Georges Pompidou was fond of modern art. He promoted the revamping of the borough of Beaubourg-Saint-Martin, located in the IIIrd district of Paris. The Centre National d'Art et Culture Georges-Pompidou, better known as Centre Beaubourg, was built by the architects Rogers and Piano in 1977. The building houses the Bibliothèque Publique d'Information (BPI), a public library and the Muée National d'Art Moderne (MNAM), which includes the Centre de Création Industrielle (CCI). A neighbouring building houses the Institut de Recherche et de Coordination Acoustique-Musique (IRCAM). The Stravinsky fountain, located below the building, was designed by the Swiss artist Nikki de Saint-Phalle.

Ivan Sache, 1 October 2004

The flag used by President Georges Pompidou is kept in the private archive HCC (Habillement, Couchage, Casernement - Outfit, Bedding, Barracks) of the Direction du Commissariat de la Marine (Direction of the Admiralty Board) in Toulon. The flag is a French Tricolore flag with in the middle of the white stripe the letters G P in gold.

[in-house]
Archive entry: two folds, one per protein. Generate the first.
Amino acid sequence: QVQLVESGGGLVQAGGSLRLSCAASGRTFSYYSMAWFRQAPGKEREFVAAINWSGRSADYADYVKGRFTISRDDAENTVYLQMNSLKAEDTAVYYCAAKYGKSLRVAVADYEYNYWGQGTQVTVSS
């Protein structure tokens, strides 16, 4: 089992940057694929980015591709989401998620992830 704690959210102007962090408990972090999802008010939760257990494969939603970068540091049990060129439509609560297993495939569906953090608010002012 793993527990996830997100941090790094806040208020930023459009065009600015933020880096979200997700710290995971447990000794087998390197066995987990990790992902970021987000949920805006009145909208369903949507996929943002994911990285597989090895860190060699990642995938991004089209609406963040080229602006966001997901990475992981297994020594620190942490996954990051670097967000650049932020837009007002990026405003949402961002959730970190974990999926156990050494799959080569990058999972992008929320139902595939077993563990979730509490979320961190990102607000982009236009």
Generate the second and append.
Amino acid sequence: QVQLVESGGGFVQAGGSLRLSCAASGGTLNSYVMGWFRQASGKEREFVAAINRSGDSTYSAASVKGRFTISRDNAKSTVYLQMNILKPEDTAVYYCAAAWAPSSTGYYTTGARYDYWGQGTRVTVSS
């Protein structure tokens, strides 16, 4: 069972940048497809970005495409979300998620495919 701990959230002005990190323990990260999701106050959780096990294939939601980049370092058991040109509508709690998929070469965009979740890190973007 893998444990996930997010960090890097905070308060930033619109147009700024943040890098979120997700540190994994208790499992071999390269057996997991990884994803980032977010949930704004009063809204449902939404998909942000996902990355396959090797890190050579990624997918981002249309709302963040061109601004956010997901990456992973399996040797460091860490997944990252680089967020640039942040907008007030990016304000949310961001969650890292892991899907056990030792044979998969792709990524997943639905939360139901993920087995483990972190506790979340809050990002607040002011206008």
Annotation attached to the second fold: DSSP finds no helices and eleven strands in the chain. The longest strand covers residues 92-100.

Armand du Payrat, 30 June 1998

Valéry Giscard d'Estaing (1974-1981)

Valéry Giscard d'Estaing replaced the initials with a lictors' fasces, which was often erroneously interpreted as a Petainist francisque.

Ivan Sache, 29 June 1998

François Mitterrand (1981-1995)

François Mitterrand replaced the initials FM in his first flag with a "mix" of oak and olive-tree to symbolize Northern and Southern France.
Flags of both the President and the Prime Minister are erroneously depicted as rectangular in Talocci's French edition [tal93].

Ivan Sache, 29 June 1998

Jacques Chirac (1995-2007)

[Presidential Standard]         [Car flag]

Personal flag of President Jacques Chirac, left, flag at sea; right, car flag - Images by Željko Heimer, 23 September 2001

President Chirac did not choose any symbol. Thus his personal standard is now exactly the same as that of the French Prime Minister, that is a square flag with three blue-white-red stripes, and the optical proportions.